WRC 7 Review
Microsoft Xbox OneAlso available on PC and Sony PlayStation 4
Upon starting WRC 7 in search of some rumbly racing action, you’ll be thrown into a quick assessment of your ability to handle an overpowered Ford Fiesta on shaky terrain; after all, no-one’s having fun who’s playing above their limits. Luckily if you plough through a crowd of spectators you’ll only get a nine second time penalty, instead of a charge of multiple manslaughter. You can then either accept the game’s harsh but fair difficulty recommendation, or toss it back in their faces and choose your own driving destiny. The cars themselves feel solid and responsive; each of the many models handles just differently enough to feel distinct, and with enough practice you’ll soon find one that gels with your own driving style. Once you’re in the zone you get that special rally driving feeling like the car is doing the work for you, and you’re only making minor course corrections on the path to victory. An array of accomplishments to bolster your cred are awarded for all manner of driving-related milestones. Your entire rallying progress to-date is encapsulated in your DriverCard, a handy at-a-glance reference to share with other players.
Career mode allows for the selection of a racing team that reflects your own approach: are you a hard-drivin’, risk-takin’, power-slidin’ raker, a safety conscious respectable motorist, or somewhere in between? Choose accurately, as your team’s morale and performance are linked to your playstyle. Starting in the junior leagues with the less impressive vehicles, a string of wins and a contented crew will soon see you propelled into the WRC proper. Progressively fewer points are awarded each time you attempt a course, so make the first attempt count. Your beat-up jalopy can be repaired between stages, but as per the rules your techs only have forty-five minutes to work on it, so if you’ve foobared your Ford or have driven your Mini like a ninny, some compromises may have to be made. If the decision is tough you can always have the clued-in engineers make it for you.
Aside from the requisite plethora of stats on your performance, you’ll get a reading on your team’s satisfaction with your driving, and as is becoming more de rigueur with sports titles, fake social media pop-ups from fans praising you and competitors goading you to match their times. These brief messages are the only humanising element however, there are no story cutscenes developing your character or anything like that. Some find such things frivolous distractions from the task in hand, but when present they can help draw new players into the game. Often the case in sports games, having the strength of the official license helps immeasurably; as well as the courses from the complete 2017 WRC season and impeccably reproduced four-wheeled stallions from Toyota, Citroen, Skoda, Mini and more, there are bonus special and epic stages to contend with for those seeking a greater challenge. The epic stages in particular can last well over ten minutes and will seriously test your mettle (and your metal).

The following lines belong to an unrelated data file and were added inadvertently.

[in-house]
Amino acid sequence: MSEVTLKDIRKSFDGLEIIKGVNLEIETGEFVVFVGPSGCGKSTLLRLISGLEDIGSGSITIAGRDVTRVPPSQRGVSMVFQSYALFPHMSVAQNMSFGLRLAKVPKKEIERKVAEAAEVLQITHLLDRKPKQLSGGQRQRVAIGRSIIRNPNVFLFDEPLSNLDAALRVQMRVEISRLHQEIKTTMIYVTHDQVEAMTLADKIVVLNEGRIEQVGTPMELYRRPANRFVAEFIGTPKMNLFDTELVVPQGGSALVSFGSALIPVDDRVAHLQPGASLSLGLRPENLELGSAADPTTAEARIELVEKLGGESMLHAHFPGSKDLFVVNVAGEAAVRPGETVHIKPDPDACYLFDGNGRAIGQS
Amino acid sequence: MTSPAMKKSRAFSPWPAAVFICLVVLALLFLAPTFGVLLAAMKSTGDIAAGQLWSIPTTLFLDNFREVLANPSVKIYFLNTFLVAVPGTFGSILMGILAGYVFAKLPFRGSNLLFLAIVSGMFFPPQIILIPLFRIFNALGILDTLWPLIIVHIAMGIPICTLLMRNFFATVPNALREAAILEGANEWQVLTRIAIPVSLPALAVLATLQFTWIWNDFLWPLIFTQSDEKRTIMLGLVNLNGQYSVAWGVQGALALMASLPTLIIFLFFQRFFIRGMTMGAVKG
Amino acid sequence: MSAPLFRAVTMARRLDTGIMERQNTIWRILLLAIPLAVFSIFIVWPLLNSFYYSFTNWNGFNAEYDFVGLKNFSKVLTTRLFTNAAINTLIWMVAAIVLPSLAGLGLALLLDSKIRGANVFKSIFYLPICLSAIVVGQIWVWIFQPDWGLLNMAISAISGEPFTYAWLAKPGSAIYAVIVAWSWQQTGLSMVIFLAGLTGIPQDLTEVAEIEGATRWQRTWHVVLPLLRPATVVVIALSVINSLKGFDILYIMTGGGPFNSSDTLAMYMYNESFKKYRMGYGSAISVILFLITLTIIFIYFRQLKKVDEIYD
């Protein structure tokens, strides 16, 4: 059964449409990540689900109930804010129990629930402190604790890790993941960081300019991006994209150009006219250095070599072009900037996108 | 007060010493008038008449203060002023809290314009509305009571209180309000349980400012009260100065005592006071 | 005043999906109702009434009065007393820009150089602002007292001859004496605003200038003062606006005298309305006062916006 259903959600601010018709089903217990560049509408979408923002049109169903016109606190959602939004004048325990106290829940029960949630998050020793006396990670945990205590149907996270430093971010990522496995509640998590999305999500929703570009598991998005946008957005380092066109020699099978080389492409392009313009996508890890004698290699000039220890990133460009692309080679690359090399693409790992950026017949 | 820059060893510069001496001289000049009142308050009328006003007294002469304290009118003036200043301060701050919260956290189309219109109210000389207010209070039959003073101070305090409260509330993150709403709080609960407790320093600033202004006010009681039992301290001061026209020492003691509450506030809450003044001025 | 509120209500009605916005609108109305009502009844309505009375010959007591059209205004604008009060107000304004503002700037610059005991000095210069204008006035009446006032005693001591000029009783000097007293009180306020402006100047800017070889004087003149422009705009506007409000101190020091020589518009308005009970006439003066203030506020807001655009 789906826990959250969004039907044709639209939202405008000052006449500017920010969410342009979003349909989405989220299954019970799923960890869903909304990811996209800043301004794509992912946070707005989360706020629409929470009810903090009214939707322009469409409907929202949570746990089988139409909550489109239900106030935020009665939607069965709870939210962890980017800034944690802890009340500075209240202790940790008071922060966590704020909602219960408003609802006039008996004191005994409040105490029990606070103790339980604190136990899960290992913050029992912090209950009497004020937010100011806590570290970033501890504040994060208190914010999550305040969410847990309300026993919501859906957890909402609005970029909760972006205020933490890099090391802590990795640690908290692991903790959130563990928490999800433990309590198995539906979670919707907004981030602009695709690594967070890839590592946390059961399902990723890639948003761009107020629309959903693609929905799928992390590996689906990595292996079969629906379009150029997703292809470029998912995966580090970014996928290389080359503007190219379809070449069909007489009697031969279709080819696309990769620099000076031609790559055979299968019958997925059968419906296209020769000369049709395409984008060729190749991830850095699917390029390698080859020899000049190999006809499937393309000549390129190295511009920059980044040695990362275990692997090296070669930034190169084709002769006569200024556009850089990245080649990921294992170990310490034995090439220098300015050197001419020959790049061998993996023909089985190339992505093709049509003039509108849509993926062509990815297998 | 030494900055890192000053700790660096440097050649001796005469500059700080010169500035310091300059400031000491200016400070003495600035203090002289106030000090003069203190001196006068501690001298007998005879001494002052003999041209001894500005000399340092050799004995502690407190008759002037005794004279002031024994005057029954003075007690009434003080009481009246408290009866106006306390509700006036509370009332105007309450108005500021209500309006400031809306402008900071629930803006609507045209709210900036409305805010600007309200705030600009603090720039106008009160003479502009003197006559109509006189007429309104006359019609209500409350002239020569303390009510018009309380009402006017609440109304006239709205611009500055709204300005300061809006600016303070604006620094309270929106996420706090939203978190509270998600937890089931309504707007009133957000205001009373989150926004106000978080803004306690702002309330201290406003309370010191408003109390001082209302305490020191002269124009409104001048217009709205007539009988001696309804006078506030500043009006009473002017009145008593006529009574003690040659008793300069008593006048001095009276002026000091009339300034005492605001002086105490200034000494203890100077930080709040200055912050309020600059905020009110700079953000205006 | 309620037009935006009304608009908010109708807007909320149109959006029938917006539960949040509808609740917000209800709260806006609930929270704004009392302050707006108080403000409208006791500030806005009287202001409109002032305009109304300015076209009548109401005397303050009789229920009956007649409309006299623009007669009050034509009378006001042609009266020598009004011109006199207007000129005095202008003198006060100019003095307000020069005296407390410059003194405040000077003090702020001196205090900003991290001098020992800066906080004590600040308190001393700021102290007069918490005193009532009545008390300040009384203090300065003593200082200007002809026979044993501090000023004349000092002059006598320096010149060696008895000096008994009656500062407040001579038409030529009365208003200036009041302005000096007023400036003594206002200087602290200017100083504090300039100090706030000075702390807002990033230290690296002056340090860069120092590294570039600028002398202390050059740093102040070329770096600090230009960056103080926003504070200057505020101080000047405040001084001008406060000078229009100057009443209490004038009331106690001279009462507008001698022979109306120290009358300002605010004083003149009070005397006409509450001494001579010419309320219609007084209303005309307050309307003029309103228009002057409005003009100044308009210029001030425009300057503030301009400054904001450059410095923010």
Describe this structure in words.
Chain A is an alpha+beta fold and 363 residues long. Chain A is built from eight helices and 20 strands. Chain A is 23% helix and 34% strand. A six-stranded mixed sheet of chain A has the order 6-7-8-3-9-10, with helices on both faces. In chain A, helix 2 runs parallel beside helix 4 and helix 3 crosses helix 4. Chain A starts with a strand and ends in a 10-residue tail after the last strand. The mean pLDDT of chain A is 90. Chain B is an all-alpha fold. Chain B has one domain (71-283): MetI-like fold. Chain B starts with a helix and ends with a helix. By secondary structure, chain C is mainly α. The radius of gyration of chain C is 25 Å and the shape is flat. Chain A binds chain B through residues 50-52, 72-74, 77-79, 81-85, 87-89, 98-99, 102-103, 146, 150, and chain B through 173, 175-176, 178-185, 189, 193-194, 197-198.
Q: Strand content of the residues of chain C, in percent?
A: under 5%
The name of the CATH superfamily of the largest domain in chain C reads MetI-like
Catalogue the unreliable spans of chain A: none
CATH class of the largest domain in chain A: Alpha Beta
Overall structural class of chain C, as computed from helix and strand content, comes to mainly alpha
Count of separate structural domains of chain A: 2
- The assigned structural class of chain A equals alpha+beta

Quick mode skips all of the build-up and provides the immediacy of racing any course from the thirteen available rallies with any car, right now. Junior WRC, WRC2 and the main WRC are all present, with a choice of drivers for most cars. Racers bored with the preset options can string together their own grand challenge in custom championship mode. Outside of single-player shenanigans there are fairly decent online options, including a daily challenge to try. Local players can compete head-to-head in split screen, or up to eight can take turns racing for the best time.
While if inspected too closely the graphics can look ever-so-slightly dated, if experienced as intended, whizzing past your side mirror at seventy plus miles an hour, they’re rather lifelike indeed. The lighting effects deserve particular recognition, from the orange glow of the sun setting in the hills to the defined xenon pulse of the headlights in the night stages. The particle effects also heighten the realism, with a rich patina of dirt forming on your bodywork over time on the gravel stages. Off the track, players can view each vehicle in a “showroom” mode, allowing fans a close examination of their favourite racing mobiles. Sound design is likewise subtle but detailed; crowds cheers as you pass, and over time your co-pilot’s constant stream of directional lingo becomes calming, like the shipping forecast. This being a serious endeavour there are no cheesy overproduced rock songs littering the soundtrack, although there are some suitably stirring orchestral strings swelling as you take your place on the podium and the confetti pops.
Delve deep enough into the options menu and you’ll find that almost everything can be tweaked or amended, from steering sensitivity to weather effects and co-pilot language. The defaults are just fine, but obsessives might want to spend a little time here getting things just right, especially if you’re using a wheel peripheral. The difficulty curve can be a little punishing for newcomers, but after a little graft and greater familiarity with the tracks, taking the gold won’t seem quite as lofty a goal.
This is French developer Kylotonn’s third stab at the sport, and although it doesn’t throw up many surprises and sometimes feels a little dry in tone, WRC 7 is a well-presented and exciting new iteration of the series. What it lacks in pizazz or showmanship it makes up for with accuracy, feel, and a solid license. One for fans and newcomers alike.